This week’s parsha discusses the special clothing worn by the kohanim. Every kohen must wear four articles of clothing and the Kohen Gadol must wear eight. If either a kohen or the Kohen Gadol does an avodah without wearing all of the proper clothing, he is chayav meesa.
While we can understand that all the requirements for bringing korbanos be fulfilled exactly, why is death the punishment for missing even one item of clothing? Another question we can ask about the bigdei kehuna is: Why does the Torah require that the people making them be chachmei lev, wise of heart? Each article of clothing represents a different koach and there are deep reasons for wearing them. However, we can understand the bigdei kehuna on a more basic level as well.
One of the names for clothing in the Gemara is mechubaday. The Gemara explains that the root of the word is kavod, honor. Clothing gives honor to the one who wearer. The first impression we make on others is very often determined by what we are wearing – it reflects our economic status, personality, and even our level of intellect. Just as a soldier or police officer is readily identified by his uniform, a regular person can also be identified by his clothing.
Clothing can also determine how we see ourselves. For example, a more casual attire can cause a person to feel more relaxed and less professional and vice versa for business attire.
Thus, if a kohen isn’t wearing everything he needs to wear for the avodah, he isn’t fit to participate in the service of Hakadosh Baruch Hu. Not only isn’t he following the Torah’s requirements, he is not in the correct frame of mind. The bigdei kehuna elevate him and remind him of his status. If he isn’t wearing them, his appreciation of who he is and what he can accomplish is weakened. Therefore, he is chayav meesa, as he is not on the exalted level he needs to be on.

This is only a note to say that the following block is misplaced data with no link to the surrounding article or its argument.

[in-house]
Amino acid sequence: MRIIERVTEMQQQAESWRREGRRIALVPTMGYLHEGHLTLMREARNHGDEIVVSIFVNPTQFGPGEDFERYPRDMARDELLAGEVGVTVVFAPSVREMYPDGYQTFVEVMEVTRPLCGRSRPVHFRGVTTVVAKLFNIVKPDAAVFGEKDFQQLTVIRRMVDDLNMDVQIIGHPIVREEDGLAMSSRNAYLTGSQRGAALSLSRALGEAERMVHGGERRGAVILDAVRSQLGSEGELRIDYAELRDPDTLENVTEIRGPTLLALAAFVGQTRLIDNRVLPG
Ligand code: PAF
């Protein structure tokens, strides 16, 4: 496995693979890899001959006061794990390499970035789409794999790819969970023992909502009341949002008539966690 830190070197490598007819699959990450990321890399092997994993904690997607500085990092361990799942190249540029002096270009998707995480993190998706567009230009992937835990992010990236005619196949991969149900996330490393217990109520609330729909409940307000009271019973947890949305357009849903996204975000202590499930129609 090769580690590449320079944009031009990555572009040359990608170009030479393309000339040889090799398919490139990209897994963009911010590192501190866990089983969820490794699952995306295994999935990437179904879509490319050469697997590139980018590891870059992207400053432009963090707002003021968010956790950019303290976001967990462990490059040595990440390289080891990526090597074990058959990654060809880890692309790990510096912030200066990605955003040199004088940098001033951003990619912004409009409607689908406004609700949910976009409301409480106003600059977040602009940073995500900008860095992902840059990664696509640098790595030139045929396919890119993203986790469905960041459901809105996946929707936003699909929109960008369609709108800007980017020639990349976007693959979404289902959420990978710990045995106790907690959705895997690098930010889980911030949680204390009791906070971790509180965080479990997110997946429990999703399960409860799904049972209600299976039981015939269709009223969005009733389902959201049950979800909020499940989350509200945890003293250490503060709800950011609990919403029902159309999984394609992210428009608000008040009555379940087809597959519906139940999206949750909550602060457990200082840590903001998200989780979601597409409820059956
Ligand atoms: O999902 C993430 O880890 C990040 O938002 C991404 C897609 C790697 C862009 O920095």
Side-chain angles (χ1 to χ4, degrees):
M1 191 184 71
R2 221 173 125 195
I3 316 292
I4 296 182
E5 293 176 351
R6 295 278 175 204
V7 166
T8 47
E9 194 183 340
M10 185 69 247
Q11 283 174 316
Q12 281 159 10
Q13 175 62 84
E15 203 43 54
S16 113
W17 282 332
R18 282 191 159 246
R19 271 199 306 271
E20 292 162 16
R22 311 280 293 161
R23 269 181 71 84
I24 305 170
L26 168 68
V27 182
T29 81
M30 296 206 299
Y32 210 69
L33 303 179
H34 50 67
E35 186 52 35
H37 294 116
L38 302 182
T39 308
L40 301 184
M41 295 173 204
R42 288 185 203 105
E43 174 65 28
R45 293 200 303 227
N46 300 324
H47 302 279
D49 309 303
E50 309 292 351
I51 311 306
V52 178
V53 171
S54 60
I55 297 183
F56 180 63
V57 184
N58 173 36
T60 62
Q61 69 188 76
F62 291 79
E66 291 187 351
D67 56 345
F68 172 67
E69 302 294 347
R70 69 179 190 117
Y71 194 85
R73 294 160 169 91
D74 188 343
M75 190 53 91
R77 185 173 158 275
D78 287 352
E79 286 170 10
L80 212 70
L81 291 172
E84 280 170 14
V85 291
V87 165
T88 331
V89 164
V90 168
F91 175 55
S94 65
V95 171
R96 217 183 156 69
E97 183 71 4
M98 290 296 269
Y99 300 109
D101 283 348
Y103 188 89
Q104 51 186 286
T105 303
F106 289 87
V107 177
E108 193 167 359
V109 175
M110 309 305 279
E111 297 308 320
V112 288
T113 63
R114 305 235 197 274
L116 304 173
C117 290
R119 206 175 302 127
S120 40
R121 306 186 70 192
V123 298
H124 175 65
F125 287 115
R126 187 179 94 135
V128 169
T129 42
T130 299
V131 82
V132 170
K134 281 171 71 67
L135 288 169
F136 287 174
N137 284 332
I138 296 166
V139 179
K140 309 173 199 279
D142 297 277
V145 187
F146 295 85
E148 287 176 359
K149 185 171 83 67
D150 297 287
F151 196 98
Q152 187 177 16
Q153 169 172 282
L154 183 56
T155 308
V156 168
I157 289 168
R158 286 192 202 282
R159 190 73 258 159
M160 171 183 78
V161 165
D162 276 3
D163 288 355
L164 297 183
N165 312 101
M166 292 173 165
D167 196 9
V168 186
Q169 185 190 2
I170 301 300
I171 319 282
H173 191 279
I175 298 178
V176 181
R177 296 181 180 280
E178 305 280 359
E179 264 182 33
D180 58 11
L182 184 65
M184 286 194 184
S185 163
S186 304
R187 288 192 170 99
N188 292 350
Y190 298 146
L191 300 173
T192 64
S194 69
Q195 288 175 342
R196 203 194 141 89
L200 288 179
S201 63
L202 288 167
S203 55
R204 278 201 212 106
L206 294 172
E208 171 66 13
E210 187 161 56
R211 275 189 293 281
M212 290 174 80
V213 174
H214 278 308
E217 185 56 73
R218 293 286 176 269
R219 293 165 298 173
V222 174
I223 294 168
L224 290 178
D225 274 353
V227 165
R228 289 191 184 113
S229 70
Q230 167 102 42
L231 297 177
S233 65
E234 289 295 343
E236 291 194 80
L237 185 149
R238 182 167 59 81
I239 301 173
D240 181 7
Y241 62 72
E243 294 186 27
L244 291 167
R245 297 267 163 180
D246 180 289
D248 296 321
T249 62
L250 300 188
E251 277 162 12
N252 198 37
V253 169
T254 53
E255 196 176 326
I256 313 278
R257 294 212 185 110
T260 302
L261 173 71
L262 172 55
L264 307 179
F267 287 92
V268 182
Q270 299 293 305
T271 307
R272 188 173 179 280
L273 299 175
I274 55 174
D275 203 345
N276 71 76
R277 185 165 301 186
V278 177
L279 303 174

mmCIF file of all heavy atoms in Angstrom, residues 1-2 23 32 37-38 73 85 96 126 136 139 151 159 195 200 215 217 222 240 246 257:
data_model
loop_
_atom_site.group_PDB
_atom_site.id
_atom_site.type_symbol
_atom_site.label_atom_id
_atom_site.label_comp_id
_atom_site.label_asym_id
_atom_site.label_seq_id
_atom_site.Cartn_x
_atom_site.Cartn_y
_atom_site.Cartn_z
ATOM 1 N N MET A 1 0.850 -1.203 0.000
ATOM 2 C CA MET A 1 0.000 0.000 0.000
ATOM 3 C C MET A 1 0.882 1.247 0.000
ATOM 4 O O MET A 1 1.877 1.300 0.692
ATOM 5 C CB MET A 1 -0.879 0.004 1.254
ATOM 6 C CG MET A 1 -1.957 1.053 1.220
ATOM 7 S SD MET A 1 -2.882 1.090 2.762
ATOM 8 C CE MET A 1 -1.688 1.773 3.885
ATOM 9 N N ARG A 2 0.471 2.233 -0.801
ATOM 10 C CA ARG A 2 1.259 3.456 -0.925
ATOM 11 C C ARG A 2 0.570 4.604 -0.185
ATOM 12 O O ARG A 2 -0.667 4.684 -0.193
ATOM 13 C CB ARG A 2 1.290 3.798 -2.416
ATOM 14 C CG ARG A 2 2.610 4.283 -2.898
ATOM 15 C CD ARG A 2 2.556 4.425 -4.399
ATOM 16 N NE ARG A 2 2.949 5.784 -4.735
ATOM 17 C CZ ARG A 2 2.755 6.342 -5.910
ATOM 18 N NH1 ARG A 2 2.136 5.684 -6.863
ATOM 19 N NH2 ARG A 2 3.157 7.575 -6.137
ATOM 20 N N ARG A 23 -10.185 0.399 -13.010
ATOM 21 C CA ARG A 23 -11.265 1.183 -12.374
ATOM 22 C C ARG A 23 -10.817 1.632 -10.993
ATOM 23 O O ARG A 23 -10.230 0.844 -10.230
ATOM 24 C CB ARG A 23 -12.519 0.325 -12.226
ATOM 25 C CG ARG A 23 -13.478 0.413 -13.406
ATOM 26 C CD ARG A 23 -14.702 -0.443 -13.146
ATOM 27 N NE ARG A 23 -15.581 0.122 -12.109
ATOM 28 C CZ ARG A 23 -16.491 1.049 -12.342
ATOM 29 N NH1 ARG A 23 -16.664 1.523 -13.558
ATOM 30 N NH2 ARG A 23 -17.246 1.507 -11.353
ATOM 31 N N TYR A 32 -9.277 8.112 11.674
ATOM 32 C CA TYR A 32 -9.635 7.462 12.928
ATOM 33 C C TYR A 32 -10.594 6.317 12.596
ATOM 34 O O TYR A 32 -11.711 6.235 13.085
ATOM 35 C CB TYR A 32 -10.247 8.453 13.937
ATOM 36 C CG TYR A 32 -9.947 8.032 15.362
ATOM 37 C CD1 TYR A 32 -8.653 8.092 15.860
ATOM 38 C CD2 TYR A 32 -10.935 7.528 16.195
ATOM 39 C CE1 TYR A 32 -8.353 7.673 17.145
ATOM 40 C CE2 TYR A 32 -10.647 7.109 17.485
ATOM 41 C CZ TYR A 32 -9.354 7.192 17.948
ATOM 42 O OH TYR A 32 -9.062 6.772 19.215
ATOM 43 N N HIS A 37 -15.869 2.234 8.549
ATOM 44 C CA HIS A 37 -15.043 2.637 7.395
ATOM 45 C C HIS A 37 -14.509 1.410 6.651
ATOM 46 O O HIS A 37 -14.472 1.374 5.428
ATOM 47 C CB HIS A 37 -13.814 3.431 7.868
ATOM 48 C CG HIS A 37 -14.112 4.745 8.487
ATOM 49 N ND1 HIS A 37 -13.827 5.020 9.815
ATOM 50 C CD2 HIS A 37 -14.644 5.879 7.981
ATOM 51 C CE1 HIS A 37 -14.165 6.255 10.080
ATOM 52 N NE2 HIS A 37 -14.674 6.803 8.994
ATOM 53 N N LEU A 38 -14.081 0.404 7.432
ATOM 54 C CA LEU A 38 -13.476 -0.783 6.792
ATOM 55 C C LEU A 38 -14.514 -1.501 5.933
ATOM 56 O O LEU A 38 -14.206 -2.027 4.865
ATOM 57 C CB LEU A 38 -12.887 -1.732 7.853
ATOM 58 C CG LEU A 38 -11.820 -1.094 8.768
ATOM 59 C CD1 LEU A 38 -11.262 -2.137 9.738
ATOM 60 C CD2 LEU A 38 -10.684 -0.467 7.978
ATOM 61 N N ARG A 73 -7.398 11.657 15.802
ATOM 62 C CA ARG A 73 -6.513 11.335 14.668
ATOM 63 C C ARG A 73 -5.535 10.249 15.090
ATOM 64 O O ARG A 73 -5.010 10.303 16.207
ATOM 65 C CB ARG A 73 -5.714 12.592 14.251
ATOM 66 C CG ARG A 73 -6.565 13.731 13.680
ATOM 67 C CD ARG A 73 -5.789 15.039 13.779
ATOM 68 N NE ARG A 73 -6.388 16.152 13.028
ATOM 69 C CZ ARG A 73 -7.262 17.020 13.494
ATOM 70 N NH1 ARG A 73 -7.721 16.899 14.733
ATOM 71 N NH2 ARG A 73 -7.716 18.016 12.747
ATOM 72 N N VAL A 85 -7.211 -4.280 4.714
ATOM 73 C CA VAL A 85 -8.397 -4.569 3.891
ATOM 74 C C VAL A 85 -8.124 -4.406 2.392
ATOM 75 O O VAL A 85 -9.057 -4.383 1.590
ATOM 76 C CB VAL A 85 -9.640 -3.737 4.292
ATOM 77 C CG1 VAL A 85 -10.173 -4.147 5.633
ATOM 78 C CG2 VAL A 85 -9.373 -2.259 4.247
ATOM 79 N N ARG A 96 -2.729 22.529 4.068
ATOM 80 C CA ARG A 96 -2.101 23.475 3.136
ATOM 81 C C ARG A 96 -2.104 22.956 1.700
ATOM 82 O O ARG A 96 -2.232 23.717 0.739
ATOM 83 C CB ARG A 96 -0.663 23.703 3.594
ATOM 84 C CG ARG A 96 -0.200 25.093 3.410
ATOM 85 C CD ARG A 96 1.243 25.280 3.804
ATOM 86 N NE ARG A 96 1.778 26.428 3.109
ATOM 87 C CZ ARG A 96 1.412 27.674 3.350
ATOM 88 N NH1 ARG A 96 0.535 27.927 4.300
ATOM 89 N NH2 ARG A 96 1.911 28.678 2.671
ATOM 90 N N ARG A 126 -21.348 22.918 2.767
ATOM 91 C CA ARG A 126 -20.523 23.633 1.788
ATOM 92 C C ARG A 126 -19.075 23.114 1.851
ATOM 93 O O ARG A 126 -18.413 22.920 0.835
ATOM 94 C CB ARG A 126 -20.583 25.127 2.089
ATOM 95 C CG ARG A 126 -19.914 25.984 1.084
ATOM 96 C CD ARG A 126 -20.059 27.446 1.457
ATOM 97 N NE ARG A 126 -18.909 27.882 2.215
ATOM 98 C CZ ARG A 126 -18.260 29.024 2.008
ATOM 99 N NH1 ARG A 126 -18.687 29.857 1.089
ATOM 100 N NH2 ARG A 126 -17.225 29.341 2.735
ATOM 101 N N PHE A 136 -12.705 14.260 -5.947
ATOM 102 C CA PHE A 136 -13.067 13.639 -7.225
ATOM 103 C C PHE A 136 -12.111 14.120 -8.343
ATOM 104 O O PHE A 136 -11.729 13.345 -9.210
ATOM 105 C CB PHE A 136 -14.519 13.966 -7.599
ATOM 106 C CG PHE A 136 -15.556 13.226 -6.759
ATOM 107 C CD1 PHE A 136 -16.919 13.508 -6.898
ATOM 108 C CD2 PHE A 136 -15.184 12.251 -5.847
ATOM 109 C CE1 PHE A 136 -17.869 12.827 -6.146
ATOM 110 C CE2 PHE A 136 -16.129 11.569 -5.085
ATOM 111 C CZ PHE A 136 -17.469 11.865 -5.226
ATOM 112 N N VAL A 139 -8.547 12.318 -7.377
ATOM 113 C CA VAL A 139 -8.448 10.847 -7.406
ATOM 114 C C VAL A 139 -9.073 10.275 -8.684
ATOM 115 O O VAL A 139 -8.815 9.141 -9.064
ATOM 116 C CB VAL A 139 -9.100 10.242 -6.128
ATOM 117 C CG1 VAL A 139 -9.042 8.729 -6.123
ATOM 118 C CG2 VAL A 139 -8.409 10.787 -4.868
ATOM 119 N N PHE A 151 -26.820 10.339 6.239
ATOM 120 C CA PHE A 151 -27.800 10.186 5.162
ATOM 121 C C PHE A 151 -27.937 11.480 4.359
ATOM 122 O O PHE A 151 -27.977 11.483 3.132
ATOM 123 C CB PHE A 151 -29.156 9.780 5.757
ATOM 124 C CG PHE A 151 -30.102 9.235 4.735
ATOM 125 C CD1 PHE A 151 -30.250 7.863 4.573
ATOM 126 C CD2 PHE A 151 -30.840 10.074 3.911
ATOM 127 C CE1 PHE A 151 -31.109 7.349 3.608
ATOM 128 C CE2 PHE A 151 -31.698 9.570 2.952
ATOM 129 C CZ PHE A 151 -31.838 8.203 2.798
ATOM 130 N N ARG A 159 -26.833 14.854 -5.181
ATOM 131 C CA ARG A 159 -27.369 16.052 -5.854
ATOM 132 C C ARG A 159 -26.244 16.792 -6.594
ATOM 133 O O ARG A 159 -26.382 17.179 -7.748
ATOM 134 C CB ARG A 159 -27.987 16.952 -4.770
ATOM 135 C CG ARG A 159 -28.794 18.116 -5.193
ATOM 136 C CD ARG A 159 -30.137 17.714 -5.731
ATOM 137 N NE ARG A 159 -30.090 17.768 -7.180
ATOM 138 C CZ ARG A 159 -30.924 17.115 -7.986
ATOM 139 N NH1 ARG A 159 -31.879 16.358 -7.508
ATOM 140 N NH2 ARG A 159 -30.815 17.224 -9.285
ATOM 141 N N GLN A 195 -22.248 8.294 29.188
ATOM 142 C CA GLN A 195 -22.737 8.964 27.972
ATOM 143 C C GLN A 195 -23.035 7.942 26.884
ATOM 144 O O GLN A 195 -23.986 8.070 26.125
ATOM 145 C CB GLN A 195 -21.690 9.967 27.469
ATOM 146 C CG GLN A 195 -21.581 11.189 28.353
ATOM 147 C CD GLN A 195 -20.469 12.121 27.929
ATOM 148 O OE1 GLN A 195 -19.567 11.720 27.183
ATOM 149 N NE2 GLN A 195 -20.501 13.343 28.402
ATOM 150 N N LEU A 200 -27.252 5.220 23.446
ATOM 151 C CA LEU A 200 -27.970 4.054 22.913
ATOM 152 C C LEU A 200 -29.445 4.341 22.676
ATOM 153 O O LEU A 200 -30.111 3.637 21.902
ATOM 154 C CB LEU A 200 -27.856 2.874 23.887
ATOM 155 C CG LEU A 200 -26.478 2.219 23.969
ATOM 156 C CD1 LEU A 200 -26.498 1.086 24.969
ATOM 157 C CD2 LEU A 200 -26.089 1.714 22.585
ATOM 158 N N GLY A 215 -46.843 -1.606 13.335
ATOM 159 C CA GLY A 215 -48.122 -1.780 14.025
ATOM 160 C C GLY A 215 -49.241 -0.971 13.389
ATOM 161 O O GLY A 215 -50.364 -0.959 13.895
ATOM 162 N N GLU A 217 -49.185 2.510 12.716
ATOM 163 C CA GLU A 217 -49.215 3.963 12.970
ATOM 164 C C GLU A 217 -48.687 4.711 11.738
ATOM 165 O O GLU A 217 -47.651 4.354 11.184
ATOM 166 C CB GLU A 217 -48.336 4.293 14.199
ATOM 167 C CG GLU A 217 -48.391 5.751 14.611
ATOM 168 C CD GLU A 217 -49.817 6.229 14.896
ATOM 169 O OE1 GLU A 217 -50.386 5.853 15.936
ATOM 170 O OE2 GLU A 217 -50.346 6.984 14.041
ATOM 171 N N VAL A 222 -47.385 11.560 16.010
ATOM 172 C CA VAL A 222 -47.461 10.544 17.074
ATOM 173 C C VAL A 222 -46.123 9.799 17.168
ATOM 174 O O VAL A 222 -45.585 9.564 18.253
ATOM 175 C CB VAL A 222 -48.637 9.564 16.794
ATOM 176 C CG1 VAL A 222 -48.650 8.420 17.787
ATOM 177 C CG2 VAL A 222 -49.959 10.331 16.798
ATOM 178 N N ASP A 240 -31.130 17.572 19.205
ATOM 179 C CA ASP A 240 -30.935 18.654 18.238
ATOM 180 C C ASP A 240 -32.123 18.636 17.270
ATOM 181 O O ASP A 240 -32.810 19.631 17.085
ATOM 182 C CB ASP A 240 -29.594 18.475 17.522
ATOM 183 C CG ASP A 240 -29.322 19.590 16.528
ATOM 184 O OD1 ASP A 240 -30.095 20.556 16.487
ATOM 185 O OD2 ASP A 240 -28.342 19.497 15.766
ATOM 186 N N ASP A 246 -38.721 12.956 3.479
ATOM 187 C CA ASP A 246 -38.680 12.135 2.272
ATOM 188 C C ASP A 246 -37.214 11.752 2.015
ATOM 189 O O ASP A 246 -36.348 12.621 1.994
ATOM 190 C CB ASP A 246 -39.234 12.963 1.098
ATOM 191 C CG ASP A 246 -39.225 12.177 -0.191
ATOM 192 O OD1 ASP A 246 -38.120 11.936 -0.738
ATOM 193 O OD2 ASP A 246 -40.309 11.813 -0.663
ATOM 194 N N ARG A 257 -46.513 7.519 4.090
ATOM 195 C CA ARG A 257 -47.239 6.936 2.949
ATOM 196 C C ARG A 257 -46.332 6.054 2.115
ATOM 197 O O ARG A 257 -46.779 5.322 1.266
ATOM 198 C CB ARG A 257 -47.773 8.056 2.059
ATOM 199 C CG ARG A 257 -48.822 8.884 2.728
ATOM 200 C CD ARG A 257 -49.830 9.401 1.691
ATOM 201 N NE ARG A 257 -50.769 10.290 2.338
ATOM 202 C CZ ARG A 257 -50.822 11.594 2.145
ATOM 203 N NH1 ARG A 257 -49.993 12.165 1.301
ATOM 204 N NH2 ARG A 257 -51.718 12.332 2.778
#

Now that we have a greater appreciation of the bigdei kehuna and clothing in general, let us answer the final question: Why was there a need for people who were chachmei lev to create the garments?
While clothing has the ability to elevate and define us, it also presents a great danger. A person who defines himself simply by what he is wearing is obviously a shallow person at best and a hypocrite at worst. The Satmar Rebbe zt”l was a big admirer of R’ Elimelech Tress z”l. This bothered one of the Rebbe’s chassidim who asked, “Rebbe, how can you give him so much respect if he doesn’t even have a beard!?”
The Rebbe said, “There is a difference between you and him. When he goes to Shamayim they will ask, ‘Reb Yid where is your beard?’ When you go to Shamayim they will ask, ‘Reb Beard, where’s your yid?”
The Torah required that the clothing be made by people who were wise of heart, not just those who were wise. A person who is wise of heart, understands that who he is can’t be defined by his outer appearance. A person’s true essence is in his heart, his thoughts and emotions. The bigdei kehuna were made with the understanding that clothing can help a person define himself, but they can’t be his whole definition.
There are two false approaches to clothing. Some think that what a person wears classifies what type of person he or she is. Unfortunately, this can cause a person to ignore real self-improvement. He can think, “As long as I’m dressed a certain way I’m doing the right thing.” This is a false and dangerous notion. Others go to the opposite extreme. Since clothing is superficial, they feel it is unimportant to dress in a proper way. However, it’s clear that when a person’s mode of dress isn’t appropriate, there’s a greater pull for that person to act in an inappropriate manner. To ignore that clothing changes us is to deny an obvious truth. When we wear a yarmulka or tzizit, we are defining ourselves for the world at large, and, more importantly, for ourselves. No one would go into a non-kosher restaurant wearing a yarmulka. A girl who is dressed in a tznius manner will automatically act more refined.
Remember, while clothing is important and helps us elevate ourselves, we also can’t be an empty suit.
May we be zoche to elevate our definition of ourselves and look and act as members of the nation Hashem choose for Himself.